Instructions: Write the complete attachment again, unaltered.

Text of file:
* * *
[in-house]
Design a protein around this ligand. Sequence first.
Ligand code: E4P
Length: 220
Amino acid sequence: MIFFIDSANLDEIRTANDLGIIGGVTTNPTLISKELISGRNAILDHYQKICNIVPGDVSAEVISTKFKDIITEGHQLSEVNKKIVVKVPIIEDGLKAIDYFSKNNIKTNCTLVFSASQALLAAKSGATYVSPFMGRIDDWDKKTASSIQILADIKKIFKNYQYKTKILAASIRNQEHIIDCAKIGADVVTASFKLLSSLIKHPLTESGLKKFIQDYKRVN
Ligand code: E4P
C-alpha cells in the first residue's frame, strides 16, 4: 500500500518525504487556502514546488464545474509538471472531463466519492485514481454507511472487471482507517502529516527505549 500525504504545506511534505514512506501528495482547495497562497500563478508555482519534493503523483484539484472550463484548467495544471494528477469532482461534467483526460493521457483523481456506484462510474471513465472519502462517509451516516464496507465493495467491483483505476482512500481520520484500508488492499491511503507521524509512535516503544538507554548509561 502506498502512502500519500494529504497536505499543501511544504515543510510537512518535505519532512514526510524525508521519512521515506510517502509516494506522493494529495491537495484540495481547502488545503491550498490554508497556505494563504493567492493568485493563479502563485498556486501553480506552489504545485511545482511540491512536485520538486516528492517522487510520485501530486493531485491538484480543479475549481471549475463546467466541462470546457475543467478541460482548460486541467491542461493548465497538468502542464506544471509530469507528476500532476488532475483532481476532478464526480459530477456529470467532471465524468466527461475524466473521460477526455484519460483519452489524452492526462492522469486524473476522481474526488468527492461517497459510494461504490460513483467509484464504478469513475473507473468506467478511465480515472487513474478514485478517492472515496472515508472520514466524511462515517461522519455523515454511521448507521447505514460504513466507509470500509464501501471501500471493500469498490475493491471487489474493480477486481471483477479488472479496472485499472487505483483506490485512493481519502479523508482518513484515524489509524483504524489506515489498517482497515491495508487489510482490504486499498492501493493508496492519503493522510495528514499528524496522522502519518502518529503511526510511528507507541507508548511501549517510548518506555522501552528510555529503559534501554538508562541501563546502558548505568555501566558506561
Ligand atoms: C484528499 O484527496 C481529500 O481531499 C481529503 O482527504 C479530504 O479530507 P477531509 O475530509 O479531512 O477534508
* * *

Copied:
[in-house]
Design a protein around this ligand. Sequence first.
Ligand code: E4P
Length: 220
Amino acid sequence: MIFFIDSANLDEIRTANDLGIIGGVTTNPTLISKELISGRNAILDHYQKICNIVPGDVSAEVISTKFKDIITEGHQLSEVNKKIVVKVPIIEDGLKAIDYFSKNNIKTNCTLVFSASQALLAAKSGATYVSPFMGRIDDWDKKTASSIQILADIKKIFKNYQYKTKILAASIRNQEHIIDCAKIGADVVTASFKLLSSLIKHPLTESGLKKFIQDYKRVN
Ligand code: E4P
C-alpha cells in the first residue's frame, strides 16, 4: 500500500518525504487556502514546488464545474509538471472531463466519492485514481454507511472487471482507517502529516527505549 500525504504545506511534505514512506501528495482547495497562497500563478508555482519534493503523483484539484472550463484548467495544471494528477469532482461534467483526460493521457483523481456506484462510474471513465472519502462517509451516516464496507465493495467491483483505476482512500481520520484500508488492499491511503507521524509512535516503544538507554548509561 502506498502512502500519500494529504497536505499543501511544504515543510510537512518535505519532512514526510524525508521519512521515506510517502509516494506522493494529495491537495484540495481547502488545503491550498490554508497556505494563504493567492493568485493563479502563485498556486501553480506552489504545485511545482511540491512536485520538486516528492517522487510520485501530486493531485491538484480543479475549481471549475463546467466541462470546457475543467478541460482548460486541467491542461493548465497538468502542464506544471509530469507528476500532476488532475483532481476532478464526480459530477456529470467532471465524468466527461475524466473521460477526455484519460483519452489524452492526462492522469486524473476522481474526488468527492461517497459510494461504490460513483467509484464504478469513475473507473468506467478511465480515472487513474478514485478517492472515496472515508472520514466524511462515517461522519455523515454511521448507521447505514460504513466507509470500509464501501471501500471493500469498490475493491471487489474493480477486481471483477479488472479496472485499472487505483483506490485512493481519502479523508482518513484515524489509524483504524489506515489498517482497515491495508487489510482490504486499498492501493493508496492519503493522510495528514499528524496522522502519518502518529503511526510511528507507541507508548511501549517510548518506555522501552528510555529503559534501554538508562541501563546502558548505568555501566558506561
Ligand atoms: C484528499 O484527496 C481529500 O481531499 C481529503 O482527504 C479530504 O479530507 P477531509 O475530509 O479531512 O477534508